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Bandpass filter features adjustable Q and constant maximum gain

-March 03, 2005

Applications such as audio equalizers require bandpass filters with a constant maximum gain that's independent of the filter's quality factor, Q. However, all of the well-known filter architectures—Sallen-Key, multiple-feedback, state-variable, and Tow-Thomas—suffer from altered maximum gain when Q varies. Equation 1 expresses the second-order bandpass transfer function of a bandpass filter:

 EQUATION 1

where K represents the filter's gain constant. When the input frequency equals ωO, the filter's gain, AMAX, is proportional to the product, KQ. Thus, modifying the quality factor alters the gain and vice versa.

This Design Idea describes a filter structure in which K is inversely proportional to Q. Altering Q also modifies K, producing a magnitude-plot set in which the curves maintain the same maximum gain at the central frequency ωO —that is, KQ remains constant. Figure 1 shows the filter, which comprises a twin T cell with an adjustable quality factor and a differential stage. The differential stage comprises op amp IC3 and resistors R5A through R5D. This stage outputs the difference between the filter's input signal and the twin-T network's output. Capacitors C1 and C2 are of equal value, C=C1=C2, capacitor C3 equals 2C, resistors R1 and R2 are also equal and of value R=R1=R2, and R3 equals R/2. Equation 2 describes the twin-T circuit's transfer-function response as a notch filter producing output VBR (t):

   EQUATION 2

Equation 3 describes the compete circuit's transfer function, a bandpass-filter response with output VOUT (t):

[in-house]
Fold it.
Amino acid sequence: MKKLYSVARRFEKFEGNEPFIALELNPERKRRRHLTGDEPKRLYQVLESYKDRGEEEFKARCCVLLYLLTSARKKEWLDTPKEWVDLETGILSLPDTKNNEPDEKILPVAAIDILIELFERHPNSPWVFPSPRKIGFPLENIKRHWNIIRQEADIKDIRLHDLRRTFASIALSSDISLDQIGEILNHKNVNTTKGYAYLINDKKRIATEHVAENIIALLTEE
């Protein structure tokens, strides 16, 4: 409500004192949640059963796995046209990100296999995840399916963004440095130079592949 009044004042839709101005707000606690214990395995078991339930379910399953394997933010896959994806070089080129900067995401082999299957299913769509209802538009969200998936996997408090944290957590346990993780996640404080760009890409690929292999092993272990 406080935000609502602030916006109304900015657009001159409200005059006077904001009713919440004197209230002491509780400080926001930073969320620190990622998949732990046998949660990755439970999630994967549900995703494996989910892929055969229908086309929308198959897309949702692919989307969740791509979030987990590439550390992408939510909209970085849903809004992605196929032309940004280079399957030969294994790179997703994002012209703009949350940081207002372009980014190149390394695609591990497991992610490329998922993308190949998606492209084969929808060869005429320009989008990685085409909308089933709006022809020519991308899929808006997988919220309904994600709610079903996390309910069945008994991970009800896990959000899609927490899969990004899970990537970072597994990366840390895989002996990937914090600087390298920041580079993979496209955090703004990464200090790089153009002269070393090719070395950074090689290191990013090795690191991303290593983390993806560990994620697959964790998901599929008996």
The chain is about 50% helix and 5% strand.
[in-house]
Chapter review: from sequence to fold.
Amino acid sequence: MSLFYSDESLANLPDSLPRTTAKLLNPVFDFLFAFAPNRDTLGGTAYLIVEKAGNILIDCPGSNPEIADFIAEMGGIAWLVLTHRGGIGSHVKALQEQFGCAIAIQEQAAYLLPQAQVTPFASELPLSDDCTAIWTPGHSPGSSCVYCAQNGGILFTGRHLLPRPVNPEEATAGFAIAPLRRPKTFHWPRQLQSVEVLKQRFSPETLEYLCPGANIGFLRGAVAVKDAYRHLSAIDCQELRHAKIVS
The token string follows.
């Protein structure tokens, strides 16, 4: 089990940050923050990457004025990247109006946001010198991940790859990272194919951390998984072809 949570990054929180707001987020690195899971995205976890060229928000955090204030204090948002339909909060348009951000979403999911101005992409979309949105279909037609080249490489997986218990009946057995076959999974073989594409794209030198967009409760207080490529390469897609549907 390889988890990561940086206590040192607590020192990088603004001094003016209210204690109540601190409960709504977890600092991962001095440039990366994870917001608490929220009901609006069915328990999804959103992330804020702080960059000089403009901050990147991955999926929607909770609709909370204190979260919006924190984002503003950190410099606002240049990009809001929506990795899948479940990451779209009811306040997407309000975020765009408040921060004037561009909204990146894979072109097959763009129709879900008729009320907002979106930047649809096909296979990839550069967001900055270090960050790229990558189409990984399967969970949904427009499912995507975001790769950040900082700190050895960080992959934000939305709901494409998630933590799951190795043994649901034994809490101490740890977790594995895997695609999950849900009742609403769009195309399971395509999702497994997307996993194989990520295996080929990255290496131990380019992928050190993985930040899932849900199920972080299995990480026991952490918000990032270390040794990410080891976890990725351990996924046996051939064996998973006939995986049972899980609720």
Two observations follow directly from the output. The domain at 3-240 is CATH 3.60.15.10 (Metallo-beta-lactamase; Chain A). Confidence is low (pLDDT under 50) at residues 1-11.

EQUATION 3

where m represents the twin-T cell's feedback factor. If you designate RXY as the resistance potentiometer R4 's upper terminal, Point X; the rotor as Point Y; and RYZ as the resistance between the rotor and the bottom terminal, Point Z, you can express m as the quotient of Equation 4 :

  EQUATION 4

Comparing Equation 3 with the respective normalized transfer functions of a bandpass filter, Equation 1, Equation 5 expresses the central frequency of the filter, ωO, coincident with the transmission zero of the twin-T network:

  EQUATION 5

Equations 6 and 7, respectively, give quality factor Q and gain constant K:

  EQUATION 6

 

  EQUATION 7

The maximum gain, AMAX, at ω=ωO, always remains constant and equal to 1 (0 dB) and is independent of Q. The minimum quality factor is ¼ for m=0, which corresponds to the potentiometer's rotor connected to ground. The maximum gain is theoretically infinite, but, in practice, it's difficult to achieve a quality factor beyond 50. In most applications, Q ranges from 1 to 10.

Figure 2 shows the filter's magnitude and phase Bode plots for the frequency-notch output VBR (t) (available at IC1's output) for values of m from 0.1 to 0.9. Figure 3 shows Bode plots for the filter's bandpass output, VOUT (t), for the same values of m. In both graphs, frequency fO equals 1061 Hz. To minimize frequency-response variations and improve response accuracy, you can build the filter with precision metal-film resistors of 1% or better tolerance. Likewise, use close-tolerance mica, polycarbonate, polyester, polystyrene, polypropylene, or Teflon capacitors. For best performance, avoid carbon resistors and electrolytic, tantalum, or ceramic capacitors.

 

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